Canadians earn an F on the ParticipACTION physical fitness report card

Activities such as walking with a friend or going to work have been affected by the COVID-19 pandemic.

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Rather than use the extra time off created by teleworking and lockdowns to exercise more, most Canadians seem to have decided since the beginning of the COVID-19 pandemic to do as little as possible, a strategy that has served them well. an F in ParticipACTION. Report card for adults on physical activity.

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Nearly nine in 10 Canadians reported being sedentary for more than eight hours a day. Only seven percent of adults used active transportation to work, and 49 percent walked more than 7,500 steps a day.

While trying to stay in good physical shape is not a new challenge for Canadians, it appears that the pandemic has placed new obstacles, real and imagined, between the population and the goal of getting in shape.

“Daily physical activity continues to be a challenge for people,” said ParticipACTION President Steeve Ager. “The pandemic has made that challenge more difficult and has even increased the lack of physical activity among adults.”

Everyday activities like walking with a friend or going to work have been affected by the pandemic, either through closures or concerns about public health issues.

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If some Canadians took advantage of the pandemic to become more active, most had the opposite reaction, Ager said. “Sedentary behavior has increased over the last year, and that is perhaps the most damaging effect of the pandemic.”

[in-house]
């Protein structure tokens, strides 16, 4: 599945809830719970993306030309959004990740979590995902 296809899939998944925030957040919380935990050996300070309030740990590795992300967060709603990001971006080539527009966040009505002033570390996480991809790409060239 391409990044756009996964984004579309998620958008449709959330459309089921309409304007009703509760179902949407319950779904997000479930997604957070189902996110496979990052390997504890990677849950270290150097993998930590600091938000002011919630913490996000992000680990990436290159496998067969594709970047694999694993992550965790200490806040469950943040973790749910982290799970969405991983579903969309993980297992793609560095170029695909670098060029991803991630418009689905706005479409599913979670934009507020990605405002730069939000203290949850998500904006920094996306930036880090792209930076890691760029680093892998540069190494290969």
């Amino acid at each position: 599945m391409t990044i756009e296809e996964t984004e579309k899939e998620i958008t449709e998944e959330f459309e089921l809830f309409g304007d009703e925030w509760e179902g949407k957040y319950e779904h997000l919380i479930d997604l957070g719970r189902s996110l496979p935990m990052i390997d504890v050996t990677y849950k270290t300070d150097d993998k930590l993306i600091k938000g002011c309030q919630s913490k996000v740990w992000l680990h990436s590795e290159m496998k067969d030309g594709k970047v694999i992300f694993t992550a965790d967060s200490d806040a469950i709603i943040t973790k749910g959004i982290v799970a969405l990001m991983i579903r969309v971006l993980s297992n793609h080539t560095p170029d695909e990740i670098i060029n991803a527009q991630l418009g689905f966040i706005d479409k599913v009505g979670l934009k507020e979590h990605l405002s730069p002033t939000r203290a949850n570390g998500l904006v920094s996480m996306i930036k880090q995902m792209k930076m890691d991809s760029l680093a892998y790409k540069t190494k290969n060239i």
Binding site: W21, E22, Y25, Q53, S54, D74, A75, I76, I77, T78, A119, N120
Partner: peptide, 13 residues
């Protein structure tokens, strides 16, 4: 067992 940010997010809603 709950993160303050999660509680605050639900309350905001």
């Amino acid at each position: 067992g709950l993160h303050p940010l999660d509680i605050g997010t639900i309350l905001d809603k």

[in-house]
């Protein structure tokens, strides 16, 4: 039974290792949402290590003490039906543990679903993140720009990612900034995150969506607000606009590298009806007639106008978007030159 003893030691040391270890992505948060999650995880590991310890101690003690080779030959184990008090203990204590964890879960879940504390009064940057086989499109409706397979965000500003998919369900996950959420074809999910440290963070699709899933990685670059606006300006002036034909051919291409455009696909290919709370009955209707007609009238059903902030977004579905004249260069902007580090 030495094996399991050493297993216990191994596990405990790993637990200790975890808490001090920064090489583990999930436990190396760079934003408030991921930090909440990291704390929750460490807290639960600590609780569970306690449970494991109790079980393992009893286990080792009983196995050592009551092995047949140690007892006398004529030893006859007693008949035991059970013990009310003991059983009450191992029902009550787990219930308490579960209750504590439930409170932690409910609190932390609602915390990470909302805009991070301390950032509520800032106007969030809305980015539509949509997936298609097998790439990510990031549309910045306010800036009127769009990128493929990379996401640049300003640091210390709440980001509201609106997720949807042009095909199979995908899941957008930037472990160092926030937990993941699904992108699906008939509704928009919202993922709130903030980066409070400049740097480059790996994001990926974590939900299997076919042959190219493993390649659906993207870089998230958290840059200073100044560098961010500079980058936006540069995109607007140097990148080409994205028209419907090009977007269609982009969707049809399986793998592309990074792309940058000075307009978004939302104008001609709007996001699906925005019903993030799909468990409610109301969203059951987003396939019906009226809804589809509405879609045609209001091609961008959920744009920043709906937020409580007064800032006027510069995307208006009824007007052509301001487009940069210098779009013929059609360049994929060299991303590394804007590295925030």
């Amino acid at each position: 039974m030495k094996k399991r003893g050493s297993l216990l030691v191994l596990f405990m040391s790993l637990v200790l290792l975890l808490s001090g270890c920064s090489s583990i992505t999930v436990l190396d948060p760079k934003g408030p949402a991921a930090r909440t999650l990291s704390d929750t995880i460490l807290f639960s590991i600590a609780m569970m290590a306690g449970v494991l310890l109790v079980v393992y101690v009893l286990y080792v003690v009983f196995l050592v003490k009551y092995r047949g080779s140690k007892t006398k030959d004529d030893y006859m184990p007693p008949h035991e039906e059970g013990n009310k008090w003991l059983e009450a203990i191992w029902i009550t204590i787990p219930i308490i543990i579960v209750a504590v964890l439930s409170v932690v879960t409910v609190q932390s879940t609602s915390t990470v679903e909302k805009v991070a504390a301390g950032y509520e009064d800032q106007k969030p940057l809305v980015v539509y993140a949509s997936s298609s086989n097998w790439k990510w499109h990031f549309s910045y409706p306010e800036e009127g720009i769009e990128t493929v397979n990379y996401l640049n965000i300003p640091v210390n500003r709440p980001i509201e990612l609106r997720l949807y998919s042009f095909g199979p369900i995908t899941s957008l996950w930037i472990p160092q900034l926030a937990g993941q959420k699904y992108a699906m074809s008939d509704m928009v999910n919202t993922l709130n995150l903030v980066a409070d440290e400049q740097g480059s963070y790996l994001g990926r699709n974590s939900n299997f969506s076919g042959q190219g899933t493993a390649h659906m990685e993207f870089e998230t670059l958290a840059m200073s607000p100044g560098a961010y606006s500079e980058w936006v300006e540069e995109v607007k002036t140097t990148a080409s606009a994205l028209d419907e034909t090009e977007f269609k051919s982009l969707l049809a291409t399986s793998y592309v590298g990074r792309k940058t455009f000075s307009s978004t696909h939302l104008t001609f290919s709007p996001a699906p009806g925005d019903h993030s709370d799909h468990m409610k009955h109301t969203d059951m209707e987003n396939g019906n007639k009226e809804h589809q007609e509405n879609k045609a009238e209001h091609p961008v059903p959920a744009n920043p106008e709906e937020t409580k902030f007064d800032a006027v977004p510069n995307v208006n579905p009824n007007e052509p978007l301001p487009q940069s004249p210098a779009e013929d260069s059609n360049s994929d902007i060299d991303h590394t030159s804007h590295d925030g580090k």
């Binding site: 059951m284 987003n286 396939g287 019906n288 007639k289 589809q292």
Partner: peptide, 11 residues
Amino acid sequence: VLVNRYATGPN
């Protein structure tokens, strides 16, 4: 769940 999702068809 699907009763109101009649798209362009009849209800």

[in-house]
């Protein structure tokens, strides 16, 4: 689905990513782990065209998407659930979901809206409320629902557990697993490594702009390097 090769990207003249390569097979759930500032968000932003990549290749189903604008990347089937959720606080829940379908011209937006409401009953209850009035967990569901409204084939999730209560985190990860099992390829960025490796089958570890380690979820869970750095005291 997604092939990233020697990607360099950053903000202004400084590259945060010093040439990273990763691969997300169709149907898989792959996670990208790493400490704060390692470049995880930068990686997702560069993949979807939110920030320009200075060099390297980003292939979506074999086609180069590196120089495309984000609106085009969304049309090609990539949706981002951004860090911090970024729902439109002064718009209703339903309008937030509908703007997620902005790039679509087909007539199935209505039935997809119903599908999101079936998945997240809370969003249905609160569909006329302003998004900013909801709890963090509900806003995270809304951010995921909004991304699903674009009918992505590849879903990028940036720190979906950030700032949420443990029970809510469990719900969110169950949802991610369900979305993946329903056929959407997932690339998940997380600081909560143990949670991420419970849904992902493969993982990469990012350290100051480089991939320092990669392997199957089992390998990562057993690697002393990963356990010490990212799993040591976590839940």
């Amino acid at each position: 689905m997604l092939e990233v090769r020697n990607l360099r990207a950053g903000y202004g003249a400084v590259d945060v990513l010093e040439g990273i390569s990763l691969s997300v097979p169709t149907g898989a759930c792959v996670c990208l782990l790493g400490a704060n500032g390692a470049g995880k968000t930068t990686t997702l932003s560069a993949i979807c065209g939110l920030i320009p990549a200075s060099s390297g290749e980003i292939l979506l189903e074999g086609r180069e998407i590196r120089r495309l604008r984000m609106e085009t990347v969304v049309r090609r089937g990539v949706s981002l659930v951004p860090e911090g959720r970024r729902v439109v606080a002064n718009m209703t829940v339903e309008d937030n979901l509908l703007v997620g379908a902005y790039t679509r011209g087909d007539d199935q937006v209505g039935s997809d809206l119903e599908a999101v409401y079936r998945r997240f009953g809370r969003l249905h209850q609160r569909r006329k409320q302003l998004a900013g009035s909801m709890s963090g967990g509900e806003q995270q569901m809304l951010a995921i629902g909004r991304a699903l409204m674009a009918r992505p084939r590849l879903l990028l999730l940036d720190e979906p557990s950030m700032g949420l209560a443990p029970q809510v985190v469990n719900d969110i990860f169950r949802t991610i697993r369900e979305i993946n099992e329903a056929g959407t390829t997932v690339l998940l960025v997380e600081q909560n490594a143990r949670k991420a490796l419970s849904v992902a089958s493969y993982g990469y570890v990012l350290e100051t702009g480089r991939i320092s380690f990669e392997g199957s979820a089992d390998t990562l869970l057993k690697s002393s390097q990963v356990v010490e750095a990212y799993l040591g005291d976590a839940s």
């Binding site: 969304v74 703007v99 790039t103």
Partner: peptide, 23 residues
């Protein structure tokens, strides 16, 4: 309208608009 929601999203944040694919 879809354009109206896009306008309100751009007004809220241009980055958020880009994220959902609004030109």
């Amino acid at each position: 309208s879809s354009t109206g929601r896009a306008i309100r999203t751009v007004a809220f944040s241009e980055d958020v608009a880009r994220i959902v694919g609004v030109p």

The report card examined 18 benchmarks, including the amount of time spent in mild or moderate physical activity and time spent asleep or inactive.

The idea that one should exercise “at least three times a week for 30 minutes at a time” was abandoned when it was deemed daunting because it set the bar too high. A more “inclusive” approach is now favored, one that suggests taking the stairs more frequently or getting off the bus one stop before your destination.

Simply putting exercise breaks into your daily routine or even breaking a long period of physical inactivity by getting up and moving can have beneficial effects, Ager said.

The essential message, Ager said, is that we first need to establish a regular sequence of movement in our daily routine. Those who want to do more can then aim for a goal of 150 minutes a week of moderate physical activity.

“Every action we take can have benefits and gains for our health and brings us closer to physical activity on a daily basis,” he said.

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